Ultimately, with Greed, we are looking for temporary things (money, possessions etc.) to make us happy.  We are looking for satisfaction in the things that surround us, when ultimately, they end up leaving us wanting more.


The Vices of Greed


Consumerism.  Noticed how things are advertised these days?  The iWatch commercial will again be used as an example.  Here in this commercial, they have smooth voice explain the features of the watch, while the screen lures us in, slowly, seductively, on the journey.  Nothing is done quick or fast, since that’s not seductive.  At the end of the commercial, you’re left drooling over the watch by how it was explained.  Consumerism is just like that.  We are constantly lured, in, and begin to lust after the things that we think will make us happy.  In the end, we just end up spending money to fill a void that is still there.

Living Beyond Our Means.  Of course this is related to consumerism, where we want and want, but ultimately, our lifestyles become too expensive for us.  We’re borrowing to keep up, because we have a fear of missing out on all the luxury items.  Oh, and it’s okay to do it, because everyone is doing it.


Failure to TitheWhat does donating have anything to do with greed?  Well, it goes back to keep it all to oneself.  If you give to others then you won’t have.  No one is saying that we have to tithe until we have nothing, that would be reckless–to put our families in danger, but think how helpful will be with our fellow human by tithe (or helping) those in need.


Opposite Virtue


The opposite virtue to greed is generosity. We can be generous of spirit, and through wealth.

 One of the best ways to help keep this in check is to:  

  1. Live simply.
  2. Trust God.
  3. Give Generously.

I’m going to suspect that the first one–live simply–is something that’s hard to do.  After all, what does it mean to live simply?  Go back to time before television?  Well, I don’t think that is what it means.  I think to live simply means to have what you need, and no more.  For instance, you can buy coffee, but does it have to be the one that’s brewed across the world that cost like $20 a cup?  (Shows you how much I drink coffee), or will a simple cup of coffee be okay.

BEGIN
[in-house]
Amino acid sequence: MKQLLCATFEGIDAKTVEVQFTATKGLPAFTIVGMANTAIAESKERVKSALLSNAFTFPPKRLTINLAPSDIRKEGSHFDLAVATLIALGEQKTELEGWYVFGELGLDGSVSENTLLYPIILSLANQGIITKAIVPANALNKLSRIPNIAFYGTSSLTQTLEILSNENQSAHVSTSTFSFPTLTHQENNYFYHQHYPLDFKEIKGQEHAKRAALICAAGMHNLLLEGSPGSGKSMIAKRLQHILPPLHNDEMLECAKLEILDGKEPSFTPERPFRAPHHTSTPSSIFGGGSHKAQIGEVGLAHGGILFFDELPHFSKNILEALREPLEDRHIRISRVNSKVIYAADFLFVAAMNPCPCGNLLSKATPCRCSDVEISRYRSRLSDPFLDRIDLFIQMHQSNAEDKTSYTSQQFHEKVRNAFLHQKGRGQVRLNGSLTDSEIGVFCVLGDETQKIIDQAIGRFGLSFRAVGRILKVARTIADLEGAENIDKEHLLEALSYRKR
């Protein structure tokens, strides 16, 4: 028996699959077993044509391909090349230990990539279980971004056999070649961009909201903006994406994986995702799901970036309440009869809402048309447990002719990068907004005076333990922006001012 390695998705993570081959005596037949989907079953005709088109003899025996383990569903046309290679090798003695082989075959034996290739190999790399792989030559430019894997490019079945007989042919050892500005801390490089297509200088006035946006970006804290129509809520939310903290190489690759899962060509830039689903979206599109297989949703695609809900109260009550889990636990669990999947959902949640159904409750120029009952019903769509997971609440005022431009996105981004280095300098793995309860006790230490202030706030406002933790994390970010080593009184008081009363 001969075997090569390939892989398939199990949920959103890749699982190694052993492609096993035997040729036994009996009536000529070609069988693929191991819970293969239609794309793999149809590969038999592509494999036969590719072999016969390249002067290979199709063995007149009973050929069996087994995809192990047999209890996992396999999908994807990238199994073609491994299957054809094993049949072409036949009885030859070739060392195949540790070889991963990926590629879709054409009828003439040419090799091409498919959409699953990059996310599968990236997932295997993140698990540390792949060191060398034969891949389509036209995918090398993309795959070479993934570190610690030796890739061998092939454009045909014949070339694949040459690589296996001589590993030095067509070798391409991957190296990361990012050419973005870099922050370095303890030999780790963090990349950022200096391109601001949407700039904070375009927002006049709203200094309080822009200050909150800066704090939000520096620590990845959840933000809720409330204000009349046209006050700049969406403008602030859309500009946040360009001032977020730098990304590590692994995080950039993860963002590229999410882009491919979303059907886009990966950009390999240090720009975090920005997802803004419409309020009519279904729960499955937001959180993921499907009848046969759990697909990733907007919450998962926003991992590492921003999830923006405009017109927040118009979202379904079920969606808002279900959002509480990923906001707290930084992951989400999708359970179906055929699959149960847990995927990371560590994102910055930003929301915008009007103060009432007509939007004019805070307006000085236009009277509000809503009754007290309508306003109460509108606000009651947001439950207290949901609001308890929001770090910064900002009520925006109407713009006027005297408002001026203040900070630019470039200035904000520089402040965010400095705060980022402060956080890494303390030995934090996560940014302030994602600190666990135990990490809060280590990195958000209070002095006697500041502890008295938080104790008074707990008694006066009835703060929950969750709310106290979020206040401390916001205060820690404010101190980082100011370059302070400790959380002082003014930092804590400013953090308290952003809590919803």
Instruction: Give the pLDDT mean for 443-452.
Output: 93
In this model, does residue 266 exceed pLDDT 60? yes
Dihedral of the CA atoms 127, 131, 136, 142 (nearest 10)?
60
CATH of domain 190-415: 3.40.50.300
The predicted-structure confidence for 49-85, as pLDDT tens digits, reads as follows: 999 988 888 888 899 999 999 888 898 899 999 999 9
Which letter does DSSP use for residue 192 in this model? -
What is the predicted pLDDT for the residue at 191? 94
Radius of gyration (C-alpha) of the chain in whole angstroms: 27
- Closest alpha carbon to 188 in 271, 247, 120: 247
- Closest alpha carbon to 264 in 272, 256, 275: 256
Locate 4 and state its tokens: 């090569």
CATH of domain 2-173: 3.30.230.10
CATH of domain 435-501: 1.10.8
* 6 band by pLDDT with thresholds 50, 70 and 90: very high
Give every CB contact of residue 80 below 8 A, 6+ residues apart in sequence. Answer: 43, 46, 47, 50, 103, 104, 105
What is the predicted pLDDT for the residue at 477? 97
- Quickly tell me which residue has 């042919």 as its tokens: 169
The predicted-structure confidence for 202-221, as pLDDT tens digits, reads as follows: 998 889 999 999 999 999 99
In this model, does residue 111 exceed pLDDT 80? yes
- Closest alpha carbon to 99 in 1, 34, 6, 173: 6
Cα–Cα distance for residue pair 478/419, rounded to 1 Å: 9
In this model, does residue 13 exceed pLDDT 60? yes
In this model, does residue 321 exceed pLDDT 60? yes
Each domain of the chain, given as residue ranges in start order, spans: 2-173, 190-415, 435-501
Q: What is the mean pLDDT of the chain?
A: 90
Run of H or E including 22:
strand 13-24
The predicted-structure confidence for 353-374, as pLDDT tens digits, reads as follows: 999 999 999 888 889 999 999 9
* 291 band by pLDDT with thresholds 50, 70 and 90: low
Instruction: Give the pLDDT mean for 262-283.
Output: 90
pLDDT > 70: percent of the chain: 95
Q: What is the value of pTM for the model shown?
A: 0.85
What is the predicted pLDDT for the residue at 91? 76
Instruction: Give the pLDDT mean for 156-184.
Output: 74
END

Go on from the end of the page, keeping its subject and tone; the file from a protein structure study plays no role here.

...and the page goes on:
To discern this, I believe pride, will end up rearing its head: I deserve this expensive cup of coffee, but I hope you understand.  

Once in a while is fine, we all treat ourselves, but what happen when the treat becomes an everyday thing?

What does “living simply” mean to you?


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The Deadly Seven — Sloth

Posted by on Nov 11, 2014 in Catechetics, Faith & Spirituality

Ahh, number 5, and I’m feeling quite lazy already.  Okay, buck up, only have this one and two more to go (my mini pep talk).

Greetings, if you’re new to this series, welcome, you can check out all the post regarding this topic here.



Sloth has always been portrayed as the lazy person.  veggin’ out on the couch, eating chips, and the room is a complete mess, shoo, they are a complete mess!  But there’s more to it than that.



What is Sloth?

Sloth: reluctance to work or make an effort; laziness.

The many sins of sloth are: apathy, idleness, indifferent, wasting time, cowardice, irresponsibility, workaholism, and many sins of omission, including the failure to observe the Lord’s day and other neglected duties.  Stress over the prospect what it means to embrace the faith completely.

Problems of the Workaholic


Sloth is not a sin against the clock.  In fact, we as Americans are pretty good about our work ethic.  We wake up early, some of us refuse to be completely off during vacations (I was one of them), we have always been busy for the sake of being busy.  But that is the problem.

With the capital sin of Sloth, it’s not a sin against time, but against God.  John Paul II wrote,

” the heart of the tragedy being experienced by modern man: the eclipse of the sense of God and of man.”  

We are moving into (or have already moved) to a place where people already feel they are above God.  Some have even defined faith on their own terms.

John Paul II explains that when we lose a sense of God in our lives, we lose a sense of our purpose.  We are then defined by what we do, instead of who we are.  Some of us even define ourselves by what we have


Always Seeking Entertainment